Synopses & Reviews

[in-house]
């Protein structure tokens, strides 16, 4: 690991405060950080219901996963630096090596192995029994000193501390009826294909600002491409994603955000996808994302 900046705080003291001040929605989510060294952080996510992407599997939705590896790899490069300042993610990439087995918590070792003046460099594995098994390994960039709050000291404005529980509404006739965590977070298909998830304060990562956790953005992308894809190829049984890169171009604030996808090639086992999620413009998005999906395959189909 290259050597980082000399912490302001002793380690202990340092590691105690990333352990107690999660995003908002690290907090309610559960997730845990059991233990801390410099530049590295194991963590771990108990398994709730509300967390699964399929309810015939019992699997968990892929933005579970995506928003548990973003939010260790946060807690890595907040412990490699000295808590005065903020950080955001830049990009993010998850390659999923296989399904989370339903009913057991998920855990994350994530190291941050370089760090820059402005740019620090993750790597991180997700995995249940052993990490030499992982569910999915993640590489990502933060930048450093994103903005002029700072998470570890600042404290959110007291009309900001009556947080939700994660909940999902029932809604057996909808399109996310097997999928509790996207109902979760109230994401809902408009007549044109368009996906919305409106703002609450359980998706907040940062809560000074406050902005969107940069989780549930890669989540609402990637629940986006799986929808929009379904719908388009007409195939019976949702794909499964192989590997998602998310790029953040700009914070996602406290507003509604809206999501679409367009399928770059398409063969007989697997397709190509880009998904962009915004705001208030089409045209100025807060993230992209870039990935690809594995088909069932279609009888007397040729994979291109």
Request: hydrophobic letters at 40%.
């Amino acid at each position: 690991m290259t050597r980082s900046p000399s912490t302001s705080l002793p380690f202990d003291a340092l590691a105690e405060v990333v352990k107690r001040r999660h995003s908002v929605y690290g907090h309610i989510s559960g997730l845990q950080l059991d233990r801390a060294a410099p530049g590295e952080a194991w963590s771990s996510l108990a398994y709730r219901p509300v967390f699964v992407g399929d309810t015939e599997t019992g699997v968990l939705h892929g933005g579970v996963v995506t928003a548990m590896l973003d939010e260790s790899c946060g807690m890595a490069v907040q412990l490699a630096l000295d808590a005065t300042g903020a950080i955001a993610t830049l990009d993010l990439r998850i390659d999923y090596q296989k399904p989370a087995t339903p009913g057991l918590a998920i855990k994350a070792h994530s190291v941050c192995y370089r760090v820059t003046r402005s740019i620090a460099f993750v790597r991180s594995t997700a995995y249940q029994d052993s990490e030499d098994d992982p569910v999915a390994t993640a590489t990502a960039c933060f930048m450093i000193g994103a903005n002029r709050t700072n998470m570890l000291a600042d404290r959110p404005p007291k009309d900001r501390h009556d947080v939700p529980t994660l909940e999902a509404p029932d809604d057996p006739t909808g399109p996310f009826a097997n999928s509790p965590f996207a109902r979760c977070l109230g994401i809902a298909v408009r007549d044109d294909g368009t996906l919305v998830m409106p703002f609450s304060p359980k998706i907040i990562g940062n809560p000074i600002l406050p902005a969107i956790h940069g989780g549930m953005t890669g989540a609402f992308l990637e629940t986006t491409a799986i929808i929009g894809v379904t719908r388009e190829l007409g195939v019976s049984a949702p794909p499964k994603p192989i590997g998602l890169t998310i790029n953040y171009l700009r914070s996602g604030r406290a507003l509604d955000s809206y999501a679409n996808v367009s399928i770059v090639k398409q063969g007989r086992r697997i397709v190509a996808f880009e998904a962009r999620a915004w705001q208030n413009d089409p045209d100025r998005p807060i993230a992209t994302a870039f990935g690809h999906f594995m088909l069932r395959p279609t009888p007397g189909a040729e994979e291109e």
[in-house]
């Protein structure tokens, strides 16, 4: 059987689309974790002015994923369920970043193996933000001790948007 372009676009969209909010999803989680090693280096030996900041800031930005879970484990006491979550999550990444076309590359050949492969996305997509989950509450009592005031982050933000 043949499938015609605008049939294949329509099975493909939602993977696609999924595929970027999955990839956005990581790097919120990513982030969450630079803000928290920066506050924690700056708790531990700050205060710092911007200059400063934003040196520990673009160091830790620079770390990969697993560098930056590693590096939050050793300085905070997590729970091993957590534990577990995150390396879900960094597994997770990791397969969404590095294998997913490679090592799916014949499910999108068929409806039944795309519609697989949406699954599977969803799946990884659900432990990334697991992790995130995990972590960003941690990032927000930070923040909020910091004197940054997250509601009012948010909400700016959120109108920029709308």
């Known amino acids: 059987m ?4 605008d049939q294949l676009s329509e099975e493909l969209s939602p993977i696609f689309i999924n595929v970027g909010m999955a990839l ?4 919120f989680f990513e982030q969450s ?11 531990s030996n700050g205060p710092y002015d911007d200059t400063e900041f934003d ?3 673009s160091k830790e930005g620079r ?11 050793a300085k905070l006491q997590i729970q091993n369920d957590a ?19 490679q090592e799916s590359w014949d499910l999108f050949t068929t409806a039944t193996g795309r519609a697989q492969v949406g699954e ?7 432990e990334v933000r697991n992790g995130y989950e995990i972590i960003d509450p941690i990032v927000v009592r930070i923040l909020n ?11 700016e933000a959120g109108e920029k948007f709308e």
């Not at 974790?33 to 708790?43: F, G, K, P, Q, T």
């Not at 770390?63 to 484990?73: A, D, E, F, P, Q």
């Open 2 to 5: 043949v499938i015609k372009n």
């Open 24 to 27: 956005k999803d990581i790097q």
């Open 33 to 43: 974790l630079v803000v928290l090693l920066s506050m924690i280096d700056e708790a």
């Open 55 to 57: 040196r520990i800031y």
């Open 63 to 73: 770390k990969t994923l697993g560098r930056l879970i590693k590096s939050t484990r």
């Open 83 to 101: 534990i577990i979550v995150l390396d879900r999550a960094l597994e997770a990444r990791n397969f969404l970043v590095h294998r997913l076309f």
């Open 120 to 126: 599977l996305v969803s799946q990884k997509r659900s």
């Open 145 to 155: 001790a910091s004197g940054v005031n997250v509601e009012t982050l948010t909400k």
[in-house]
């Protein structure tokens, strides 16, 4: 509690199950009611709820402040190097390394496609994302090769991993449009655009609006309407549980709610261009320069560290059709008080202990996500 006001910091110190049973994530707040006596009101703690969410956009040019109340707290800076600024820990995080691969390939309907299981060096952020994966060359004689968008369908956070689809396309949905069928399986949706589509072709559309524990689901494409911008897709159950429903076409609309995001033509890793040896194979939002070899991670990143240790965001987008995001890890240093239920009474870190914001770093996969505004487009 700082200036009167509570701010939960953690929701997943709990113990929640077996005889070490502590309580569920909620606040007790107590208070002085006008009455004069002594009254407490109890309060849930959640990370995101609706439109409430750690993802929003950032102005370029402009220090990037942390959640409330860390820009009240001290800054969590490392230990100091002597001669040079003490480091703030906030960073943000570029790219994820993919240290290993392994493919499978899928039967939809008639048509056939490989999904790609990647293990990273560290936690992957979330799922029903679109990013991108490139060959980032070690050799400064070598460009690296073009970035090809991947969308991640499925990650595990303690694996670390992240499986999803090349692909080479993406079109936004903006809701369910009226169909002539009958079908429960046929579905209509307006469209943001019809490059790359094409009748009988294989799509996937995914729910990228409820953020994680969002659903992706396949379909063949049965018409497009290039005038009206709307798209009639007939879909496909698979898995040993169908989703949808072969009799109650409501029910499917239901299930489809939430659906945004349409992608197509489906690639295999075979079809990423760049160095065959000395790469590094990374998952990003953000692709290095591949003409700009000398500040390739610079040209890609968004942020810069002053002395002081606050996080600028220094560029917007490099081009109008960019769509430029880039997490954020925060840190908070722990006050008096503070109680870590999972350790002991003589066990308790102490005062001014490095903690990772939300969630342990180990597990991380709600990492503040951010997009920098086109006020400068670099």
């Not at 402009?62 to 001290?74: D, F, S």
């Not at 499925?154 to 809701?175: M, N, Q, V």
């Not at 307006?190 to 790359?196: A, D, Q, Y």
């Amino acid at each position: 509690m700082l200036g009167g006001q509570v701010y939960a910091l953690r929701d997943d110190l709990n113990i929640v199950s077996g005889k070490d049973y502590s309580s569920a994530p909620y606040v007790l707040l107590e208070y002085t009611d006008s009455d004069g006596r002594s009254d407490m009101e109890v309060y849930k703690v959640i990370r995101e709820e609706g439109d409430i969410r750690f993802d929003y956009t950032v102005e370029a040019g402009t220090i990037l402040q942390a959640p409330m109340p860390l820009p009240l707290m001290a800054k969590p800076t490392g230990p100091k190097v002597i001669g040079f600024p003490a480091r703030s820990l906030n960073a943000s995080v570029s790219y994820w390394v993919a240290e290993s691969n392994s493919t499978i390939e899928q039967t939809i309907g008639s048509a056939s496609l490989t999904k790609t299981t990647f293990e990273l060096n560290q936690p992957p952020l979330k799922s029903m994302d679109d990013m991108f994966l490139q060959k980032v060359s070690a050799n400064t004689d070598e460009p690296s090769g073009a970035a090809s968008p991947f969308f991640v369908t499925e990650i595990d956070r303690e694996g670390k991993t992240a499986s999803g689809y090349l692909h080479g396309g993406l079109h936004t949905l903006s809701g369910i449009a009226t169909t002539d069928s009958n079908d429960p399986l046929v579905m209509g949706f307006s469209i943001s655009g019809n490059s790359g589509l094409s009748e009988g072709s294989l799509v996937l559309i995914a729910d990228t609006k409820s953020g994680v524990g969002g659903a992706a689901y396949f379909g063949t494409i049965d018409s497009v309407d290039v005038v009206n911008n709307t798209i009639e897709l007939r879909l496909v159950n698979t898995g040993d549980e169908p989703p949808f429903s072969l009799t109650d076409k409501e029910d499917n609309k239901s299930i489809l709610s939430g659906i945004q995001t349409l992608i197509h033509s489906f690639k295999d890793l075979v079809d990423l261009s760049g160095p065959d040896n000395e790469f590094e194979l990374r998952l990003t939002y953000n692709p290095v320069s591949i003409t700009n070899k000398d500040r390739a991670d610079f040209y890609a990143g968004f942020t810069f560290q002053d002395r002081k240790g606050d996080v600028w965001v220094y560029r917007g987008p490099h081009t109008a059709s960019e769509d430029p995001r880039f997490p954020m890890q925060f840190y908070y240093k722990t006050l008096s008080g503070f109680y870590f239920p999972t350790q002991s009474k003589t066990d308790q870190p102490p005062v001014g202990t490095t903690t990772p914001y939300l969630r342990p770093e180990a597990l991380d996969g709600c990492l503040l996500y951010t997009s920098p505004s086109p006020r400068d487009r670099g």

Classical potential theory can be roughly characterized as the study of Newtonian potentials and the Laplace operator on the Euclidean space JR3. It was discovered around 1930 that there is a profound connection between classical potential 3 theory and the theory of Brownian motion in JR . The Brownian motion is determined by its semigroup of transition probabilities, the Brownian semigroup, and the connection between classical potential theory and the theory of Brownian motion can be described analytically in the following way: The Laplace operator is the infinitesimal generator for the Brownian semigroup and the Newtonian potential kernel is the" integral" of the Brownian semigroup with respect to time. This connection between classical potential theory and the theory of Brownian motion led Hunt (cf. Hunt 2]) to consider general "potential theories" defined in terms of certain stochastic processes or equivalently in terms of certain semi groups of operators on spaces of functions. The purpose of the present exposition is to study such general potential theories where the following aspects of classical potential theory are preserved: (i) The theory is defined on a locally compact abelian group. (ii) The theory is translation invariant in the sense that any translate of a potential or a harmonic function is again a potential, respectively a harmonic function; this property of classical potential theory can also be expressed by saying that the Laplace operator is a differential operator with constant co efficients."